Too Quick to Answer (Issue 650)

In which we are reminded not to answer questions before we fully understand their intent.

“Will this consulting project address segment boundaries,?” one of the executives in the room asked.

I smiled and gently replied, “No, that’s not our focus here today.”

Without breaking eye contact with me, he smiled tightly and continued: “Well, the reason I ask is….”  and he described his concerns. They were good concerns.

As I was listening, my Voice in the Head shouted, “May Day!  May Day!” and warning lights flashed everywhere. Ah-OOOO-ga. Ah-OOOOO-ga. “May Day!”

Why “May Day?”

Because he wasn’t asking for information, he was signaling me, and my polite and well-intended, conversation-focusing answer created an objection: “Well… If this engagement doesn’t address segment boundaries, I won’t support it fully.”   From that point forward, in his opinion, I was playing “catch up.”  I had lost his trust.

So, how could I have answered with a trust-building response, starting in the same moment?

HIM: “Will this engagement address segment boundaries?”

ME: “Ah, good question. Sounds like that’s an important concern for you.”

HIM: “Yes, it is….blah blah blah

ME:  “So your concern is that you want your sales representatives to … blah blah blah.

HIM:  “Yes, because… blah blah blah.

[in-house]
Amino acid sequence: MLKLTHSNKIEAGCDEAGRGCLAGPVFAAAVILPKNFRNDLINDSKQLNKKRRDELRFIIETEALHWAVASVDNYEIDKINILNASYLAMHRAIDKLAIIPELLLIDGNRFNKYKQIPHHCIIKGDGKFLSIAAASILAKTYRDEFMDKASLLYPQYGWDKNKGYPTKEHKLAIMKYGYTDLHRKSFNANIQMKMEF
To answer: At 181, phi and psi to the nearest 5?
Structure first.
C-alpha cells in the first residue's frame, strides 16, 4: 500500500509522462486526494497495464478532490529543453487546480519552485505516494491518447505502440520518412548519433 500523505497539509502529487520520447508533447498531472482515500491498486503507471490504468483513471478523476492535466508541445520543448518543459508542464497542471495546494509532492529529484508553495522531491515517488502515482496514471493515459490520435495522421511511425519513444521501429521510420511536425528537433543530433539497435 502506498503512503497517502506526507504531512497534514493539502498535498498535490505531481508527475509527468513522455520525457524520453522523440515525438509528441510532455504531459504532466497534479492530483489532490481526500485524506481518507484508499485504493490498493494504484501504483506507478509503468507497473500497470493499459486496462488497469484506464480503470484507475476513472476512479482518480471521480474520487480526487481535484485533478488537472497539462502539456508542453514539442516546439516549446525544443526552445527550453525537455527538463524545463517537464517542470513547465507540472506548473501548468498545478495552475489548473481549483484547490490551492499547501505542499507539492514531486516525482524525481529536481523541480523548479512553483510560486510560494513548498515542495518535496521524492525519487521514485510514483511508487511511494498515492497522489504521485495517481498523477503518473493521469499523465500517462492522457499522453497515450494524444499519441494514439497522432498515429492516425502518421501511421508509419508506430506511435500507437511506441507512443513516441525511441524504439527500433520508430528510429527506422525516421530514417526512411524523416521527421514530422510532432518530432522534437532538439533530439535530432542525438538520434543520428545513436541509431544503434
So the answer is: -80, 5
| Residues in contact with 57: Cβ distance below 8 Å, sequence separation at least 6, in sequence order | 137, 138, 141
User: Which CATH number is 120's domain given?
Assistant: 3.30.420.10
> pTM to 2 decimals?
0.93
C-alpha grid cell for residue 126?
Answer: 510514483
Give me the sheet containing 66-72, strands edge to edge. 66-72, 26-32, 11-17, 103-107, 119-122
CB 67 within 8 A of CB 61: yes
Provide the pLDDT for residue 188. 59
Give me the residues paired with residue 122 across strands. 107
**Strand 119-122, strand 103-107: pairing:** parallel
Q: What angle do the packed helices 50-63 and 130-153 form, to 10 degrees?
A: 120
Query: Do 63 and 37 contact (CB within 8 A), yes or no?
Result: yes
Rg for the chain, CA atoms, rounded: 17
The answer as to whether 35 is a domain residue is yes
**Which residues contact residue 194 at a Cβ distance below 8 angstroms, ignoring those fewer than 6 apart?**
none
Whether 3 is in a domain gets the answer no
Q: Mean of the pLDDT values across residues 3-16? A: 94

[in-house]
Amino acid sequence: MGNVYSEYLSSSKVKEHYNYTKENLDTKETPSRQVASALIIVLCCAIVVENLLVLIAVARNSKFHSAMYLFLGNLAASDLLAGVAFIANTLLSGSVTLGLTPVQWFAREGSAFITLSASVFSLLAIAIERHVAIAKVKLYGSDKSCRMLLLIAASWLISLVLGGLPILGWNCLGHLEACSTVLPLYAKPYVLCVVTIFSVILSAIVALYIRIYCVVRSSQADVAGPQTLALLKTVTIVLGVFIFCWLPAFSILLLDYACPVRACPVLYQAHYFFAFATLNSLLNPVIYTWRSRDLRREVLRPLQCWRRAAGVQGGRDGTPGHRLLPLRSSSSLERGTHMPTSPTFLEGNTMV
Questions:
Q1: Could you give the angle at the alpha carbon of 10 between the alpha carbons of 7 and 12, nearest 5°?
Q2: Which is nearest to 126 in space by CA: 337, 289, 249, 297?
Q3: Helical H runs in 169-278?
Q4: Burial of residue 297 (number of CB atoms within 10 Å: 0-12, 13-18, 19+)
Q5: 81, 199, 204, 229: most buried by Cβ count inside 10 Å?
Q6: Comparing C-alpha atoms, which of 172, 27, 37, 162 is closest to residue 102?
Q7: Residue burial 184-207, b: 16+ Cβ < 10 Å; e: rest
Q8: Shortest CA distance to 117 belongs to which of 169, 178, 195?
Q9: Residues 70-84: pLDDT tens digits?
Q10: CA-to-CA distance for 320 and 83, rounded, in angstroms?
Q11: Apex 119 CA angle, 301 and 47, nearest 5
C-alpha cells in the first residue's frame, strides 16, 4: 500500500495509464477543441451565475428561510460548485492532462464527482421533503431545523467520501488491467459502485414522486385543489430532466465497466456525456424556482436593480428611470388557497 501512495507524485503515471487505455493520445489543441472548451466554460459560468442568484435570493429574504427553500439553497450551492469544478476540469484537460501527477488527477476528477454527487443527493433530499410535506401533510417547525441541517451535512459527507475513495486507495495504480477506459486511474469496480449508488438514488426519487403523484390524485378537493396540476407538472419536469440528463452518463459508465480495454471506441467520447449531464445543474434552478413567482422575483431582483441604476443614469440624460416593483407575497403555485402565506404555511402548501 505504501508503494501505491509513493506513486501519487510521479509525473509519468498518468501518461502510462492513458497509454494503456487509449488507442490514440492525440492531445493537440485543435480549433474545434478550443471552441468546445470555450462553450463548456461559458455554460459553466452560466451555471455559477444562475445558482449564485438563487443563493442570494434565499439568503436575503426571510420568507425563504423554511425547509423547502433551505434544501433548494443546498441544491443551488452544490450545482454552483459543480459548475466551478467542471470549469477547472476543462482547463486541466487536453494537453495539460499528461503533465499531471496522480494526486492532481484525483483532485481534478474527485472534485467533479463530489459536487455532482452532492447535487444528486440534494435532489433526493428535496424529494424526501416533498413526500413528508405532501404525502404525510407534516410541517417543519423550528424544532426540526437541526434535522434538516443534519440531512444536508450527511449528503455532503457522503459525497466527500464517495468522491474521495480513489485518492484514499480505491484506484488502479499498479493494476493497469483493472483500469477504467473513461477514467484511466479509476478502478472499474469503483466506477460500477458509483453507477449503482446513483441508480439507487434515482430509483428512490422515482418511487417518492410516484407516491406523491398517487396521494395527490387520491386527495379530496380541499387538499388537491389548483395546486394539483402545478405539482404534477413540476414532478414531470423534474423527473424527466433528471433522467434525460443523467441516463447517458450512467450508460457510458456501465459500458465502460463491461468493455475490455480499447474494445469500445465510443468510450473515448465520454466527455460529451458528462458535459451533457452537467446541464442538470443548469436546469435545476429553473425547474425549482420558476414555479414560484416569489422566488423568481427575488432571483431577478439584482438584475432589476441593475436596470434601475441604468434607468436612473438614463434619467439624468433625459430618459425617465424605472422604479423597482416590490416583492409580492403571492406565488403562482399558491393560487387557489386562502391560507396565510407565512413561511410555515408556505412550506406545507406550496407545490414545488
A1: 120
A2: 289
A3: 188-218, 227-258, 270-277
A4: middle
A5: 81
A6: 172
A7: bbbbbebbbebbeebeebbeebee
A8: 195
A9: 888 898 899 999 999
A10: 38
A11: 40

At that point I could have…

  • Asked others in the group, “How do you feel about this concern?”
  • Said, “Here’s how we could address your concern” and share options for discussion.
  • Deferred, saying, “Great concern, let me think about it for a few minutes and come back to it.”

Any one of those answers would have increased rapport, connection, momentum, and trust.

Moral of the story: ANY time a prospect or client asks a question about our products or services or industry conditions, anything more substantive than “Would you like something to drink?”, learn first what’s behind the question:

  • “What prompts you to ask?” (Or, “For what reason do you ask?”)
  • “Sounds like that’s an important concern.”
  • “That’s interesting. Tell me more….”
  • “How do others feel about ___ ?”
  • “When you say _____, what do you mean?”

Unless we understand the point of view or question behind the question, we’re more likely to give a “wrong” answer than we are to give a “right” one.  Don’t be too quick to answer.

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